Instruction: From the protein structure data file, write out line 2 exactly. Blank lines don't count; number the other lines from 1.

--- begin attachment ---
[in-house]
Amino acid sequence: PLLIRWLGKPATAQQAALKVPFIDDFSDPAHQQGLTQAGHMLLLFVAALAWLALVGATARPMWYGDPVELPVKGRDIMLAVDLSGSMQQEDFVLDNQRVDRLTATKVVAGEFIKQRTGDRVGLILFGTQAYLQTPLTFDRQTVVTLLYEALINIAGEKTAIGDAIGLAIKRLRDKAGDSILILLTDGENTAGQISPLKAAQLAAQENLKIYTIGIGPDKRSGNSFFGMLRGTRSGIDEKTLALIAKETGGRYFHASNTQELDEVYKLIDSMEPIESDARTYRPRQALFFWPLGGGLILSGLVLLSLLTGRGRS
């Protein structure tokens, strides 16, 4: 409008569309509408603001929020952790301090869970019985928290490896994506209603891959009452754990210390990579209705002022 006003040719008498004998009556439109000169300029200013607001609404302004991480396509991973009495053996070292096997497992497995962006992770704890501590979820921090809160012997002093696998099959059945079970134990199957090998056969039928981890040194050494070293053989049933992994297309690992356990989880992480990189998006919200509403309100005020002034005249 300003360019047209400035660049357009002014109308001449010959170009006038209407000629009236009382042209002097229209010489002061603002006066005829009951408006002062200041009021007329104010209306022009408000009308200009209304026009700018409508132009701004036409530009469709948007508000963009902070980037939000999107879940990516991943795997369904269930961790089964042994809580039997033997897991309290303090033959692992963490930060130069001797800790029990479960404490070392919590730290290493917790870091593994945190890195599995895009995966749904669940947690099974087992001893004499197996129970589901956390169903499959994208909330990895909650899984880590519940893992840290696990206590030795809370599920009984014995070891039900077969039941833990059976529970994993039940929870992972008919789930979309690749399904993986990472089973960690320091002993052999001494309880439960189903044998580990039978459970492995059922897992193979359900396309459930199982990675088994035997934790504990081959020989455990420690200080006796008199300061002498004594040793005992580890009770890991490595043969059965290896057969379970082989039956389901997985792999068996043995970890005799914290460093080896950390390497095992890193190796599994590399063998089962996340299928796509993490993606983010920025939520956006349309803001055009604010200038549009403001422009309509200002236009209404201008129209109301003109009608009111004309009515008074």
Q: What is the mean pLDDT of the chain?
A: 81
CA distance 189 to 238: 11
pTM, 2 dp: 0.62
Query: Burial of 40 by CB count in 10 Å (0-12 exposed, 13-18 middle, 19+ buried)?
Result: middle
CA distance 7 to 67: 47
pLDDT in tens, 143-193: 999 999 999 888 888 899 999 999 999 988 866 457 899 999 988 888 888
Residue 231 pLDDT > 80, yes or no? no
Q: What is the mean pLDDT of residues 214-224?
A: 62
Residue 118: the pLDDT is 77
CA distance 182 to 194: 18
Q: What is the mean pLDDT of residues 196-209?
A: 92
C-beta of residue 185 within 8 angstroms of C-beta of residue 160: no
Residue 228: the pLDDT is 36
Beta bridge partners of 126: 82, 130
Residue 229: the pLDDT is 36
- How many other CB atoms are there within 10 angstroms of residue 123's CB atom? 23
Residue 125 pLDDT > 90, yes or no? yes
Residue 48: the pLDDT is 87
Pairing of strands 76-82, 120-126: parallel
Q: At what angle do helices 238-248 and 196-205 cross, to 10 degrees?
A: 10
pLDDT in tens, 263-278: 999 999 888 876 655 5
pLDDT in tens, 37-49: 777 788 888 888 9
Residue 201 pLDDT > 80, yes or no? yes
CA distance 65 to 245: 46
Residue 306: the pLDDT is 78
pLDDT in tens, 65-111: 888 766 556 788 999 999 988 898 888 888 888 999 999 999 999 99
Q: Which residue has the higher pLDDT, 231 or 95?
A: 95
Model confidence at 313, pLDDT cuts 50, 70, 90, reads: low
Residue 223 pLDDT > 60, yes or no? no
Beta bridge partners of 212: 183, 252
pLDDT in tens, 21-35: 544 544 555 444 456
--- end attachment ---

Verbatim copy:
Amino acid sequence: PLLIRWLGKPATAQQAALKVPFIDDFSDPAHQQGLTQAGHMLLLFVAALAWLALVGATARPMWYGDPVELPVKGRDIMLAVDLSGSMQQEDFVLDNQRVDRLTATKVVAGEFIKQRTGDRVGLILFGTQAYLQTPLTFDRQTVVTLLYEALINIAGEKTAIGDAIGLAIKRLRDKAGDSILILLTDGENTAGQISPLKAAQLAAQENLKIYTIGIGPDKRSGNSFFGMLRGTRSGIDEKTLALIAKETGGRYFHASNTQELDEVYKLIDSMEPIESDARTYRPRQALFFWPLGGGLILSGLVLLSLLTGRGRS